Legacy by Gary Russell, released in 1994, is a sequel to the Peladon stories. It features the Doctor and Ice Warriors dispatched by the Galactic Federation to find a murderer hiding himself in the crowds of a Peladonian ceremony. The novel depicts a strained relationship between the Doctor and the Ice Warriors; he remains suspicious of their motives, and the Ice Lord Savaar is irritated by this suspicion. After the Doctor is implicated in murder Savaar asks to personally execute the Doctor so as to avenge previous Ice Warrior defeats. The two manage to reconcile and work together to defeat the real killer.[32] Savaar was among a group of Ice Warriors who later attended Bernice Summerfield's wedding in the 1996 novel Happy Endings by Paul Cornell.[33]

The Dying Days depicts the Eighth Doctor preventing an Ice Warrior invasion in 1997, with the aid of the Brigadier and Bernice Summerfield. The novel reveals that after the Mars Probe missions, depicted in the 1970 serial The Ambassadors of Death, Earth made inadvertent hostile contact with the Ice Warriors which was covered up by British intelligence services. Lord Greyhaven, the minister in charge of the novel’s missions to Mars, has been in contact with the Ice Warriors and aids in their take-over of the United Kingdom. Greyhaven is killed by the Ice Warriors after rethinking his actions and wiping out the Argyre Ice Warrior clan. The invasion attempt is ultimately defeated by the military.[34]

The BBC Eighth Doctor Adventures novel The Last Resort features numerous conflicting alternate timelines in which the Martian race has either been enslaved by humans or else has exterminated all but a select human elite to prevent their enslavement. In these realities Martian life began as a result of bacteria from the decaying corpses of millions of temporal duplicates of a time-travelling teenager called Jack Kowaczski, arriving from millions of parallel timelines on the uninhabitable surface of Mars and dying, changing the Martian atmosphere and evolving.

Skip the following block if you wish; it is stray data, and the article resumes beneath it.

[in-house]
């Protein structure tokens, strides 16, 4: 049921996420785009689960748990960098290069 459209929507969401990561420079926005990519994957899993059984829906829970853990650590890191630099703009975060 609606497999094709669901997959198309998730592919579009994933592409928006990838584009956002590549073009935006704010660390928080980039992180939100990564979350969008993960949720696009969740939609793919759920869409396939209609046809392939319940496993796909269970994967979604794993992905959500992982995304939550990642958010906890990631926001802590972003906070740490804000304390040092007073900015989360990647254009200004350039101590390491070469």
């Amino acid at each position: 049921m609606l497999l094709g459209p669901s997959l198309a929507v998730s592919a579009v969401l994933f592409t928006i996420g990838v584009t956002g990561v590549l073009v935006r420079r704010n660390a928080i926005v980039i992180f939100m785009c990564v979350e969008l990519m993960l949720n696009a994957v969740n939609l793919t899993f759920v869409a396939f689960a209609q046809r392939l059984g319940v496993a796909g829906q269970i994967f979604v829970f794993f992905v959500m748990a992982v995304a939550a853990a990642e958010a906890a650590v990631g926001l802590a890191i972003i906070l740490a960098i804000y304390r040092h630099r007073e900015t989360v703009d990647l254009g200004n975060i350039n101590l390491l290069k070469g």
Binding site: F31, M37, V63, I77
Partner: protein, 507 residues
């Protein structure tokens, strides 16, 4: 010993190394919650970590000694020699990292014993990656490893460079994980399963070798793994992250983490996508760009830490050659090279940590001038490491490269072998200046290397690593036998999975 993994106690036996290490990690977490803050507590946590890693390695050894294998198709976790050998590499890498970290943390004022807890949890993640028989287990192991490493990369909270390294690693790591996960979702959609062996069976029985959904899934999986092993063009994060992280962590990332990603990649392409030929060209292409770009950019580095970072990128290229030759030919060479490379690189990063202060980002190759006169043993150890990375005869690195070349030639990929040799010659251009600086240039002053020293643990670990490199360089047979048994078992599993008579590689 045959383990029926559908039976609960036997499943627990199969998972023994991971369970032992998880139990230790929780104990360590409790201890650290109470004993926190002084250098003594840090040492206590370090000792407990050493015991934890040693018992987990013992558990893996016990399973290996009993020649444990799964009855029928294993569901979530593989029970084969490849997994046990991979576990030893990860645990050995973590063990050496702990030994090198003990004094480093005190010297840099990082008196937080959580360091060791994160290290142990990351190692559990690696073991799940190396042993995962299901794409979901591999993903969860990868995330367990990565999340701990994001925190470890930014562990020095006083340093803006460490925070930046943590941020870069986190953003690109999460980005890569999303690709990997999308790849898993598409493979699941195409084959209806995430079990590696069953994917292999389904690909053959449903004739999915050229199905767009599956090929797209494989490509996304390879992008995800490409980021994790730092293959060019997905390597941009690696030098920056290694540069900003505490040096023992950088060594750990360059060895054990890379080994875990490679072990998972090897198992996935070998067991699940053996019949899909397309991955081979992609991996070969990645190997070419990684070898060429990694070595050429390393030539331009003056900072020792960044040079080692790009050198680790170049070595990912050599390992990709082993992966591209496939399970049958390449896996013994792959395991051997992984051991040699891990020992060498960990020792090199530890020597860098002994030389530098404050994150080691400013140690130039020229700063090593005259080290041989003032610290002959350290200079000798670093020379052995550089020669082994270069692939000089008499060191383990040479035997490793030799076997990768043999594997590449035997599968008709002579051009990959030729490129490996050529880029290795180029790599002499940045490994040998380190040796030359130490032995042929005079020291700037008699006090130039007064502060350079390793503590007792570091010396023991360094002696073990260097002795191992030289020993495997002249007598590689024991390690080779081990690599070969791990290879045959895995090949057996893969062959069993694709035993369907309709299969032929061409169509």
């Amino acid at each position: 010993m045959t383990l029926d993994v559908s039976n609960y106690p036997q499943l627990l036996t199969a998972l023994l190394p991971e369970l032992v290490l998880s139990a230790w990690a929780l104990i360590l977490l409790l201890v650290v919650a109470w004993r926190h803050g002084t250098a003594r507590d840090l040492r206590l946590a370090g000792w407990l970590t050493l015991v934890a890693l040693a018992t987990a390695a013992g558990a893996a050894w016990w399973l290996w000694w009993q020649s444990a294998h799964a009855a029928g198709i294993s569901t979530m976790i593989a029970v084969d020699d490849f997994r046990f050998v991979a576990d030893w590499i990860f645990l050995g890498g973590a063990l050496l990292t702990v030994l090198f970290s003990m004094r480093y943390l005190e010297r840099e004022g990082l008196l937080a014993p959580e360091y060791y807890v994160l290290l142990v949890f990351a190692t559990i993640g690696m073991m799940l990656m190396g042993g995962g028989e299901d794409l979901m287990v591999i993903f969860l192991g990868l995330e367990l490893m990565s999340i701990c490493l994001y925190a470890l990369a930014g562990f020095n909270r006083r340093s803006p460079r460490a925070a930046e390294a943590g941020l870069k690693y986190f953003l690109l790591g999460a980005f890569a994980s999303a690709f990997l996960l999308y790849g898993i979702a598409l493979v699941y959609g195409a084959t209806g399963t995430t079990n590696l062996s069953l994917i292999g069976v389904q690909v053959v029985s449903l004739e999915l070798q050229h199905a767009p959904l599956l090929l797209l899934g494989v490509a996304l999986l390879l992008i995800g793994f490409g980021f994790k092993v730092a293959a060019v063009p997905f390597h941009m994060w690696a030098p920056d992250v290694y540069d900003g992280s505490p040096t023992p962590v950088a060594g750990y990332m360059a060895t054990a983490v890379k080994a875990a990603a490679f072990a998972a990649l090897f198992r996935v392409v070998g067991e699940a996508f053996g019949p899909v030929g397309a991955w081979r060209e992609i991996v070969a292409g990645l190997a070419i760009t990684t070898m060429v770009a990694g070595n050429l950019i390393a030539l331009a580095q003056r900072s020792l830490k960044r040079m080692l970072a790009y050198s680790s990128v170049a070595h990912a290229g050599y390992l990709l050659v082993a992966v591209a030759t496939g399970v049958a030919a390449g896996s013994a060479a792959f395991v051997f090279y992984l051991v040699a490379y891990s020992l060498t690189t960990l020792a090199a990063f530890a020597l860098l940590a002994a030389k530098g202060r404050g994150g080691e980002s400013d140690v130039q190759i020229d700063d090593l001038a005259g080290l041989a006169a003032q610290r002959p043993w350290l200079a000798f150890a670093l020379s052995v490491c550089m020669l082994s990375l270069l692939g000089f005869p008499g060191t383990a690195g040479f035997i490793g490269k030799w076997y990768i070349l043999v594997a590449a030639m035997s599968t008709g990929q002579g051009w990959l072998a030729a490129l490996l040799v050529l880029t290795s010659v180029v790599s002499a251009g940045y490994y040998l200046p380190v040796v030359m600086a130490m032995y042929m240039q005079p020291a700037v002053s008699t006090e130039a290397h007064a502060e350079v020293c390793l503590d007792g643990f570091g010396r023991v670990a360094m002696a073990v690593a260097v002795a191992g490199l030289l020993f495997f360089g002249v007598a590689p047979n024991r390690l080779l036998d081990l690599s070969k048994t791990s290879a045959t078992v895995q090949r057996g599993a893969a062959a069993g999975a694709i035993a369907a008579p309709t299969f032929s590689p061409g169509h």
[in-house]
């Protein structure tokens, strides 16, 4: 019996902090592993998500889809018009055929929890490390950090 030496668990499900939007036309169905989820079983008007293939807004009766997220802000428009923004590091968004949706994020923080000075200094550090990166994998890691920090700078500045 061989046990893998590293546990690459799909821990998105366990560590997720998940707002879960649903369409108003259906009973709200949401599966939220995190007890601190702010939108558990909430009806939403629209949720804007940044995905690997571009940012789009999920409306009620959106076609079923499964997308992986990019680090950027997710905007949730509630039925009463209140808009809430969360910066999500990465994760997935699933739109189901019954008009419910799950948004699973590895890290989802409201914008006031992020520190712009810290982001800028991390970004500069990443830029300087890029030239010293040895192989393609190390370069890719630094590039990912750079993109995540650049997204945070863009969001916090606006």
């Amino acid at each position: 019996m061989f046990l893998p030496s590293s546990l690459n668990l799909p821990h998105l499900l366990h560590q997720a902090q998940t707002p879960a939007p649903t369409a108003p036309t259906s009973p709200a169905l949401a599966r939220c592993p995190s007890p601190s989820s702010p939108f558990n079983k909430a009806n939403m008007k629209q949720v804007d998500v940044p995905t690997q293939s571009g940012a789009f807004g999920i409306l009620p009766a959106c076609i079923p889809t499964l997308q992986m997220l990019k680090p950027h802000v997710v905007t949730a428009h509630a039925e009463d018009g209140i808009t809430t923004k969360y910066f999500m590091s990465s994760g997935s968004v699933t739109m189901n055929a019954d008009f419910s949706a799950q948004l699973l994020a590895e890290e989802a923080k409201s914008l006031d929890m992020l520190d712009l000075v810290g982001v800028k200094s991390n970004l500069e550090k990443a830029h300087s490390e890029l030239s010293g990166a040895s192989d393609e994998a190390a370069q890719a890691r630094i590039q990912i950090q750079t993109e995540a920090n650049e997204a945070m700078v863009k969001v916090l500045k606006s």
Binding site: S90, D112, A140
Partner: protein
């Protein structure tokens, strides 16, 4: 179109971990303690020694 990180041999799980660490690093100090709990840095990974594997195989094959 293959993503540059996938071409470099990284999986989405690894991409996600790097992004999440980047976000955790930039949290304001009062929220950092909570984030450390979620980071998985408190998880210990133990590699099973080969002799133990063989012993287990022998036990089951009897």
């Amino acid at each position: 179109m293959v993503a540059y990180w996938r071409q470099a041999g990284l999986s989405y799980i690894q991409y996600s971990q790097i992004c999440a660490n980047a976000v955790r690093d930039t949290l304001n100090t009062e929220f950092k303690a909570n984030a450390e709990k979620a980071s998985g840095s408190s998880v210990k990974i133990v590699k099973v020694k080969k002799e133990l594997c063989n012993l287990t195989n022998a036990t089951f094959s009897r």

The Past Doctor Adventures Fear Itself (which is set shortly after humans colonise Mars) mentions that native Martians (never named explicitly as Ice Warriors) have been forced into poverty and homelessness by humans, except for a few who have resorted to terrorism to reclaim their planet.

In 2011, as part of the New Series Adventures range, a novel called The Silent Stars Go By was released. It was written by Dan Abnett and features the Eleventh Doctor, together with companions Amy Pond and Rory Williams. The Tardis crew accidentally find themselves on an Earth-like planet during Winter, sometime in the future. There they come into contact with the Ice Warriors, who are seeking a new home for themselves as both Earth and Mars have gone for good.


In the Big Finish audio play Red Dawn, NASA's first manned mission to Mars encounters a small band of surviving Ice Warriors who had been placed in suspended animation to defend the tomb of Izdaal, the greatest warrior of the Martian race. According to this story, previous unmanned Mars probes had brought back fragments of alien technology and DNA, and scientists had gone so far as to create human/Martian hybrid clones. This story, set in the 21st century, appears to depict the first full contact between humans and Ice Warriors. This is difficult to reconcile with The Dying Days, and may support the idea that the novels and audios take place in separate parallel universes.

Another audio play, Frozen Time, sees the Seventh Doctor and a human expedition discovering a group of Ice Warriors frozen in the Antarctic. These are revealed to be criminals deliberately imprisoned there as punishment. Also The Bride of Peladon saw the Fifth Doctor, Peri and Erimem encountering an Ice Warrior.

The Ice Warriors made an appearance in the Bernice Summerfield audio The Dance of the Dead, and the new gardener on the Braxiatel Collection is an Ice Warrior named Hass.